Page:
Resistance of rubber tree clones to South American Leaf Blight (SALB) caused by the fungus Microcyclus ulei is normally assessed in specific large-scale clone trials, which in general entail a considerable amount of work. Four variables are observed monthly on each tree over many years: disease severity and conidial sporulation intensity on young leaves, and severity and stroma density on mature leaves. In order to simplify this field assessment method, we tested the resistance of eight rubber tree clones to M. ulei in Ecuador in a Fisher block design with four replicates per treatment. Three months after planting, monthly observations were made for a period of 12 months on the foliage focusing on the four variables, in order to quantify disease development. Given the correlations between the four variables, assessment of conidial sporulation intensity on young leaves and stroma density on mature leaves should be sufficient. The most suitable period to start the assessment was 6 months after planting, for a duration of six to nine months. As repeated observations on the same trees were autocorrelated, it was possible to reduce the assessment frequency to once every 2 months. To conclude, assessing the resistance of rubber tree clones to SALB in large-scale clone trials can be optimized to reduce the number of observation times by 50%. © KNPV 2009.


Hue C.,Valrhona SA | Brat P.,CIRAD - Agricultural Research for Development | Gunata Z.,Montpellier University | Samaniego I.,INIAP | And 5 more authors.
Journal of Agricultural and Food Chemistry | Year: 2014

Flavan-3-ols were successfully extracted from cocoa by the Fast-Prep device and analyzed by HPLC-DAD, and their identifications were confirmed by injection of authentic standards. (-)-Epicatechin was the most abundant component with an average of 9.4 mg/g dried cocoa powder. More than 700 cocoa samples were used to calibrate the NIRS. An efficient calibration model was developed to accurately determine any flavan-3-ol compound of ground dried cocoa beans (SEP = 2.33 mg/g in the case of total flavan-3-ols). This performance enabled NIRS to be used as an efficient and easy-to-use tool for estimating the level of targeted compounds. The analysis of the PLS loadings of the model and pure epicatechin spectra gave proof that NIRS was calibrated on an indirect strong correlation resulting in the changes in flavan-3-ols during fermentation and their interaction with some major components, such as proteins. Total flavan-3-ol concentration fell from an average of 33.3 mg/g for unfermented samples to an average of 6.2 mg/g at the end of fermentation. Changes in flavan-3-ol content were dependent upon the origin and highly correlated to the fermentation level expressed as the sum of temperatures (average R2 = 0.74), a good marker of the fermentation process and of the heterogeneity of the batch. © 2014 American Chemical Society.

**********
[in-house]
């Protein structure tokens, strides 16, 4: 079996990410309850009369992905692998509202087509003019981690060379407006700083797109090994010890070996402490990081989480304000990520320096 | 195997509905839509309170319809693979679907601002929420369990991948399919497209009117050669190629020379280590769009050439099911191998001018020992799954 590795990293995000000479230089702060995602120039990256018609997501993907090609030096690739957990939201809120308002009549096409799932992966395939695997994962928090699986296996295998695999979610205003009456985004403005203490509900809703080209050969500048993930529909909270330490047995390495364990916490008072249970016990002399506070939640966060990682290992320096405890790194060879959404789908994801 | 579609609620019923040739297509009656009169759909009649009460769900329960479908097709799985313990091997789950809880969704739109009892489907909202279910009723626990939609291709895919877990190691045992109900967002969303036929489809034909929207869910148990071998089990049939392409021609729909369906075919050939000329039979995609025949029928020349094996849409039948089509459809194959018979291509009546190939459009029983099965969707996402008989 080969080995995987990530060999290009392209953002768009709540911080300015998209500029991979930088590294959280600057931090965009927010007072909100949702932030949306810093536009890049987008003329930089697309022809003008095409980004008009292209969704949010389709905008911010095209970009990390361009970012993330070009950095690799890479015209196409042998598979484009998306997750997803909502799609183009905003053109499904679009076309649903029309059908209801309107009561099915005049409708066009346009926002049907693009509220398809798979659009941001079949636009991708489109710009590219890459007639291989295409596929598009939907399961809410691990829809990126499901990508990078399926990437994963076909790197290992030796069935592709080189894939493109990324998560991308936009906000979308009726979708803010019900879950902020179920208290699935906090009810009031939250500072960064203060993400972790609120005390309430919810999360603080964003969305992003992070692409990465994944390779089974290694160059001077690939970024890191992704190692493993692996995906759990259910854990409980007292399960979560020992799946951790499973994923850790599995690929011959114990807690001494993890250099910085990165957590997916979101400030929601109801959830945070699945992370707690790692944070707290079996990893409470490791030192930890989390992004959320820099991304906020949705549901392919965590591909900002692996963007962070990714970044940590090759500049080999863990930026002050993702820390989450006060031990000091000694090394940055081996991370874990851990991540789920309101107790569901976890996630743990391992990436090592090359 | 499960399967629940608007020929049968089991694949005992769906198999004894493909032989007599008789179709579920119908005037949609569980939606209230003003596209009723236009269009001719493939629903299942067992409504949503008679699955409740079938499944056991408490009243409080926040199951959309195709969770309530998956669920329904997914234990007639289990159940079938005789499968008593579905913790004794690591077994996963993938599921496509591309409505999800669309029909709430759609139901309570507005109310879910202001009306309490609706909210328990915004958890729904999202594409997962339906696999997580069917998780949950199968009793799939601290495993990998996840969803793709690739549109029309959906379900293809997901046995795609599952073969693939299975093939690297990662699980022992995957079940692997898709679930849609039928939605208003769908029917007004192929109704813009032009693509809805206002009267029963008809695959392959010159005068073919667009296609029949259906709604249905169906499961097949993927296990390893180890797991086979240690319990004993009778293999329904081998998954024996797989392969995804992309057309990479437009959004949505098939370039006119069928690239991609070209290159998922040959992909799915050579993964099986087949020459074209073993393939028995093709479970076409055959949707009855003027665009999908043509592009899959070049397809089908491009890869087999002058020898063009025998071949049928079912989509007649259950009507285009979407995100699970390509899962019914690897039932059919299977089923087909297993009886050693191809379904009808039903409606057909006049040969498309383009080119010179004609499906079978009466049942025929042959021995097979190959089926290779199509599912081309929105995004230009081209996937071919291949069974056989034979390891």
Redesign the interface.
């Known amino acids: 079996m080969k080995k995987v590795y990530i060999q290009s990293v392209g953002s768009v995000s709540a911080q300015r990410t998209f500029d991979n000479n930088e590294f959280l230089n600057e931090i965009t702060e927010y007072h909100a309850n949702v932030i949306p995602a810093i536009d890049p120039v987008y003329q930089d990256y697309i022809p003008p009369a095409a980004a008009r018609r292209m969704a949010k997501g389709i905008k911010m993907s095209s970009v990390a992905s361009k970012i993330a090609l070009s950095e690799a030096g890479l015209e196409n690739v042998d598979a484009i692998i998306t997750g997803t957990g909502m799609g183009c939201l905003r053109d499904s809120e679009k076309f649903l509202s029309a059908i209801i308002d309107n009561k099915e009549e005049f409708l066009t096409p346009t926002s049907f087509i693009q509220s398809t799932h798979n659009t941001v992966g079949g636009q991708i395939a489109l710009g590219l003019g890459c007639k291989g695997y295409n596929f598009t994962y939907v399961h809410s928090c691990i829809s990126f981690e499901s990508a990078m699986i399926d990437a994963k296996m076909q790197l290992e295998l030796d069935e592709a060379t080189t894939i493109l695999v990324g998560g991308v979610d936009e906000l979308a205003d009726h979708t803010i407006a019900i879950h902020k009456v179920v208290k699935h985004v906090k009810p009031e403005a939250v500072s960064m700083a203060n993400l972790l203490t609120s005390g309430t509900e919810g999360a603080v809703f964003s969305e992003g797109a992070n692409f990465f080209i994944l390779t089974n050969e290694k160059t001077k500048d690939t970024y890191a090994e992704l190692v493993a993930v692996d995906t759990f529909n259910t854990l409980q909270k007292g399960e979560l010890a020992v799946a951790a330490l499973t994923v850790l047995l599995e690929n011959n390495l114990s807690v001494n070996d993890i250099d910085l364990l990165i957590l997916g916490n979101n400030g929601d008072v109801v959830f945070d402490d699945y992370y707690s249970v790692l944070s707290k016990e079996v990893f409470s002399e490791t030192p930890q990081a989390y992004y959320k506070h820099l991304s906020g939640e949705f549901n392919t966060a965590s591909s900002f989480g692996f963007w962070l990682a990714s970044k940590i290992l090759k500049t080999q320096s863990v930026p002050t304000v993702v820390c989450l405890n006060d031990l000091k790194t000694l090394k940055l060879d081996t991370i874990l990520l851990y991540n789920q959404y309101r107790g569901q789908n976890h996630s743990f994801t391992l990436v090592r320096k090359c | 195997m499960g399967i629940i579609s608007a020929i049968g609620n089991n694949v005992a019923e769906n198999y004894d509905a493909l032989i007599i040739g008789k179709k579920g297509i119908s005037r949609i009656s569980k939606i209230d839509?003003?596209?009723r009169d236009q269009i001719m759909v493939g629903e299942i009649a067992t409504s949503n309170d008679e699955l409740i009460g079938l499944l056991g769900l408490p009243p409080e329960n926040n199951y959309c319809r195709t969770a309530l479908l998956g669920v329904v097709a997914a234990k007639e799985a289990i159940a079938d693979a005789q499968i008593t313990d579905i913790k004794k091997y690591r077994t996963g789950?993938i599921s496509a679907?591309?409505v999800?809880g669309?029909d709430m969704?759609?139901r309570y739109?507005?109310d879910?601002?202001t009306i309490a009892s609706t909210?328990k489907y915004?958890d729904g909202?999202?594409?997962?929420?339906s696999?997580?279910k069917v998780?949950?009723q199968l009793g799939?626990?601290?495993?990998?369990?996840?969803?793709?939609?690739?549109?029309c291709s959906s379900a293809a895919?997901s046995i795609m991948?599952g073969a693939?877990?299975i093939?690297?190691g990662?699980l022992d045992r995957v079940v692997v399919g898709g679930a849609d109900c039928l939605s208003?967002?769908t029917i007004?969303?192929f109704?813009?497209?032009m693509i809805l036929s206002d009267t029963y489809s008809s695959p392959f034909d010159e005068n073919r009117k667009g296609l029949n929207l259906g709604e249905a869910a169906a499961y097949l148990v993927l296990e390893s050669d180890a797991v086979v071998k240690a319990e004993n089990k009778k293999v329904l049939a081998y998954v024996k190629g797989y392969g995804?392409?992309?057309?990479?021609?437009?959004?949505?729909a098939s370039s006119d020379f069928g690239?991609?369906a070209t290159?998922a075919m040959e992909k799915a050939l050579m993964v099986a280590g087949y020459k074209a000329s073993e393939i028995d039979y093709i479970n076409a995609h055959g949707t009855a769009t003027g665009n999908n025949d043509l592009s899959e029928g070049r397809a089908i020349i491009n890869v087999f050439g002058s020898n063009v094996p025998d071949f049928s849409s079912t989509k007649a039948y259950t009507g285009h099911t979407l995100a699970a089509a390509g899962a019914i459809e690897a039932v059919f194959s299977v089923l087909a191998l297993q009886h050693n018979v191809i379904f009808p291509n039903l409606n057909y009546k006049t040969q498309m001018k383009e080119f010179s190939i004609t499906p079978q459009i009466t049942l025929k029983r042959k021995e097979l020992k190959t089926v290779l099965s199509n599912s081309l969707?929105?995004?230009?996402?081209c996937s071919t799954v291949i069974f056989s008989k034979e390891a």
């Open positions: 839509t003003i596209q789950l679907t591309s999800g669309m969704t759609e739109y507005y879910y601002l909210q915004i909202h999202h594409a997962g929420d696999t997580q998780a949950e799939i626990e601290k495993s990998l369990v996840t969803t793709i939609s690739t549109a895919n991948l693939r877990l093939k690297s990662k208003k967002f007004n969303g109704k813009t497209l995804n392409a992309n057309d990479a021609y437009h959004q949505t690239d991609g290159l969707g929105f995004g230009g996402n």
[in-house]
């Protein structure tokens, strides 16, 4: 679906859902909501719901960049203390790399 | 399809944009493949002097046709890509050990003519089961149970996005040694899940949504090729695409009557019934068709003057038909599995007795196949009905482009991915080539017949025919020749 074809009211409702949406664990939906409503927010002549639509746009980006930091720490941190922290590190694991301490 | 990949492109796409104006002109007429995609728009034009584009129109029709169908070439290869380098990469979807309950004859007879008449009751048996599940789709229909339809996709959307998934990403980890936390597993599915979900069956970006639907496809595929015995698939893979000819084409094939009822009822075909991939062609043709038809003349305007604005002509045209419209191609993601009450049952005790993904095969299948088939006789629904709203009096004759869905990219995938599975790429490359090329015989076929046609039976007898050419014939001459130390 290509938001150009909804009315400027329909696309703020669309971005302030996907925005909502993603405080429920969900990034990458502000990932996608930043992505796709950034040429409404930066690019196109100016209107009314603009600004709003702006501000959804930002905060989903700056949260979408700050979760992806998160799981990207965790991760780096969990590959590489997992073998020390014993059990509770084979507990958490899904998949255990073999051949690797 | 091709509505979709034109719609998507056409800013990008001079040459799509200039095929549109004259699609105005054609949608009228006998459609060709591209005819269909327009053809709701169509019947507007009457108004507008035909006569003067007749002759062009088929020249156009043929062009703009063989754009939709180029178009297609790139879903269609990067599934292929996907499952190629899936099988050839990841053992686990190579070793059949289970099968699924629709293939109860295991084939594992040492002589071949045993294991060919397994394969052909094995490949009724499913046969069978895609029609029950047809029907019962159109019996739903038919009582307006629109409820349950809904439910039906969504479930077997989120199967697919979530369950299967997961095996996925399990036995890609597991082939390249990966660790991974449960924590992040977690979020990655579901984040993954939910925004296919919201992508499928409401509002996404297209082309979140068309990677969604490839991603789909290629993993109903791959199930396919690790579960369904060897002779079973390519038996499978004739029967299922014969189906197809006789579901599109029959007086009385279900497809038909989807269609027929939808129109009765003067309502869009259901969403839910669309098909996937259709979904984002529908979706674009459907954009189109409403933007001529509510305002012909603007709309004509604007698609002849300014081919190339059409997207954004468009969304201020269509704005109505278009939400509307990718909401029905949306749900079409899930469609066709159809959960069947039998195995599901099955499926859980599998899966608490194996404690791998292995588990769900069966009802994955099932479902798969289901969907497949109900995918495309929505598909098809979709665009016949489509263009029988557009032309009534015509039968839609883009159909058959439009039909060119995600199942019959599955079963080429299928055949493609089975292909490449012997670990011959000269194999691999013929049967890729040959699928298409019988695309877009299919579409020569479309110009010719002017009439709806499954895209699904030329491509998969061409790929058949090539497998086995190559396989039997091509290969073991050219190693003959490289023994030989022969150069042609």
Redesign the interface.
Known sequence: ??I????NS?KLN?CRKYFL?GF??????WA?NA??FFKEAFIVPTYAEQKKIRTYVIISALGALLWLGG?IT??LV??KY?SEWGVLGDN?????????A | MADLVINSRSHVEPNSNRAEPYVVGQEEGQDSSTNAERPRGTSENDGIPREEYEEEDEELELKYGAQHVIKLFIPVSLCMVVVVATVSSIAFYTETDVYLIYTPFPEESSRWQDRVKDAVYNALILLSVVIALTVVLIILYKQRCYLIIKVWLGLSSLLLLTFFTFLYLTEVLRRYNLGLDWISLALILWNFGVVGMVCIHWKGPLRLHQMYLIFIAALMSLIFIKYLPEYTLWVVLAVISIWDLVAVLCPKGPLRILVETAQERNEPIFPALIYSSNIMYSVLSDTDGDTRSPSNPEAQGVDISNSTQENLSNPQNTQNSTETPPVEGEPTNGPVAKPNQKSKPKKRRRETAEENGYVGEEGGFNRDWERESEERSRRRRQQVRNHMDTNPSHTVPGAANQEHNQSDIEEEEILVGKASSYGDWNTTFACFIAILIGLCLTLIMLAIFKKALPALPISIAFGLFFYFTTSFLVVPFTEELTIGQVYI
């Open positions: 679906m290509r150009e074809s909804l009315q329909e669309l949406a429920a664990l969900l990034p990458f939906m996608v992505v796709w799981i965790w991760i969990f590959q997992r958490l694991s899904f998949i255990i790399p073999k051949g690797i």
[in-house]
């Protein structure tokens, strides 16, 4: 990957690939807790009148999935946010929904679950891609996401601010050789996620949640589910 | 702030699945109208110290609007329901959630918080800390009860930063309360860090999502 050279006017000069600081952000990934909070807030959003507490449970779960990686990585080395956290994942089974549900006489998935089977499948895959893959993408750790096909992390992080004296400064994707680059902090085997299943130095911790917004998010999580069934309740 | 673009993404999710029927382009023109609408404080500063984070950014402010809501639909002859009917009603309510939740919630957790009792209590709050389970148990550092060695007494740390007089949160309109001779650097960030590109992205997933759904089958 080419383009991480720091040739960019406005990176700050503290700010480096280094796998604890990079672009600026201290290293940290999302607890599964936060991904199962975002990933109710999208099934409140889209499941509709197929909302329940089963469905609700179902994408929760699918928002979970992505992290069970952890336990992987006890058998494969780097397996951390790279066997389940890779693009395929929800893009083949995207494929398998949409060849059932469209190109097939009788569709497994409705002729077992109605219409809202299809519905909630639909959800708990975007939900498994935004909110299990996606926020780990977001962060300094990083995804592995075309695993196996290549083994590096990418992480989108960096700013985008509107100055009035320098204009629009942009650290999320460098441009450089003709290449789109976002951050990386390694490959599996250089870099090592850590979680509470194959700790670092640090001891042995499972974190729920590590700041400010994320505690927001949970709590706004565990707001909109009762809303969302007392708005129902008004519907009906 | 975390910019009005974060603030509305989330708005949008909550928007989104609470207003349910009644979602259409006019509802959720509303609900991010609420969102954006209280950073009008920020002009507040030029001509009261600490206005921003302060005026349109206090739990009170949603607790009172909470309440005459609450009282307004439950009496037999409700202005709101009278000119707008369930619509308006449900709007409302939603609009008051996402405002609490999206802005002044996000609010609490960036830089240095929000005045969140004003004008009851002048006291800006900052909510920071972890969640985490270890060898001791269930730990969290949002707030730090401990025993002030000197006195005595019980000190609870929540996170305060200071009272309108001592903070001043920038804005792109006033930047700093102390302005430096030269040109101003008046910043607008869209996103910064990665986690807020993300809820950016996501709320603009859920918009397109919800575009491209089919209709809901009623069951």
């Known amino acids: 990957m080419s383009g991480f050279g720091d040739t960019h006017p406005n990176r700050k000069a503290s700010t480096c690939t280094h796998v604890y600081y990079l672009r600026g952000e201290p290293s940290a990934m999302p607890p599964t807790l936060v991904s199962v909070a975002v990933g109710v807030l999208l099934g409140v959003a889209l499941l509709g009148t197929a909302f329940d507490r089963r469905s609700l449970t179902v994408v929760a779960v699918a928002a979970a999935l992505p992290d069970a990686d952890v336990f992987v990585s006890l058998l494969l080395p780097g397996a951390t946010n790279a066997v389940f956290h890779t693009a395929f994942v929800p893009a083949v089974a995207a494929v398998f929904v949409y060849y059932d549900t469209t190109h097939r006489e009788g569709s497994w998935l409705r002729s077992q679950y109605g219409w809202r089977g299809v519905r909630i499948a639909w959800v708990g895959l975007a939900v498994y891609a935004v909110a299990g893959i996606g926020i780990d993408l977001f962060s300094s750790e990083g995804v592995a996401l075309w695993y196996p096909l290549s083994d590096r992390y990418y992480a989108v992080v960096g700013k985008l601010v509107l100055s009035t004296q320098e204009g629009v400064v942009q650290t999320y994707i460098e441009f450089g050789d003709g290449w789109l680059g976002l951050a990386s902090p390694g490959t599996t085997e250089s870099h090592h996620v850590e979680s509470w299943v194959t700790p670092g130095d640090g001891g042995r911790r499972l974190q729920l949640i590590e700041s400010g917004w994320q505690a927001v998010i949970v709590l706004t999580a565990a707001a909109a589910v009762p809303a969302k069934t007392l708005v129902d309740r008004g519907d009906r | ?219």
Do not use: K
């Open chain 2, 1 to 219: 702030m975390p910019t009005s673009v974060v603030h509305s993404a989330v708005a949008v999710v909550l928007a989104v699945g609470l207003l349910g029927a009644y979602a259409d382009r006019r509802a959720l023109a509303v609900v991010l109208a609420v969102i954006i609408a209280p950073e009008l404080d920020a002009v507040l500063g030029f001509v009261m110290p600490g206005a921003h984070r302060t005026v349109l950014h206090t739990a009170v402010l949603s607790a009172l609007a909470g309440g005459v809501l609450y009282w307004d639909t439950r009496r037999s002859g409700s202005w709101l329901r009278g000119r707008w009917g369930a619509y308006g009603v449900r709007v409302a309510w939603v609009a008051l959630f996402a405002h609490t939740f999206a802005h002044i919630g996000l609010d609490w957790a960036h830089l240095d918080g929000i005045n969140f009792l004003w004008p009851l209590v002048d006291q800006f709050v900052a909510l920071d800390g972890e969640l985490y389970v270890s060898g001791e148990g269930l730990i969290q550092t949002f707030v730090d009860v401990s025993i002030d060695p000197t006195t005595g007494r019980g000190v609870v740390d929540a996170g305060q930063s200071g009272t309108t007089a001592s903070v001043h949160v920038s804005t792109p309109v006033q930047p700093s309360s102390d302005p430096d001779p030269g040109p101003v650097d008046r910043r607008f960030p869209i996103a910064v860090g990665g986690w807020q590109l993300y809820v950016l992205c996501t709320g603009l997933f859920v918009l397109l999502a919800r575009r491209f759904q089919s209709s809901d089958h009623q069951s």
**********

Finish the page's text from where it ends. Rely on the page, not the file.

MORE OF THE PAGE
Rivano F.,CIRAD - Agricultural Research for Development | Maldonado L.,INIAP | Simbana B.,MAGAP DIGDM | Lucero R.,MAGAP DIGDM | And 3 more authors.
Industrial Crops and Products | Year: 2015

Rubber growing (. Hevea brasiliensis) is showing real development in Latin America, where the production of natural rubber is still held back by the incidence of the South American leaf disease caused by a fungus, Microcyclus ulei, recently renamed Pseudocercospora ulei, which causes repeated defoliation of trees. The solutions are genetic in order to grow varieties resistant to the disease, or developing new plantations in areas where disease incidence is less severe and does not present a serious risk due to adverse climatic conditions for the fungus. The aim of this study was to identify areas in Ecuador for their climatic characteristics suitable for rubber growing, and also the zones that are unsuited to the fungus P. ulei, in order to allow the establishment of rubber plantations with less phytosanitary risk. A geographic study was thus carried out at national level based on the biophysical basis of existing data, by selecting the most relevant parameters with their appropriate ranges for rubber cultivation. Different maps were obtained, displaying 749,824. ha suitable for cultivation, of which 80,174. ha are in escape areas. © 2014 Elsevier B.V.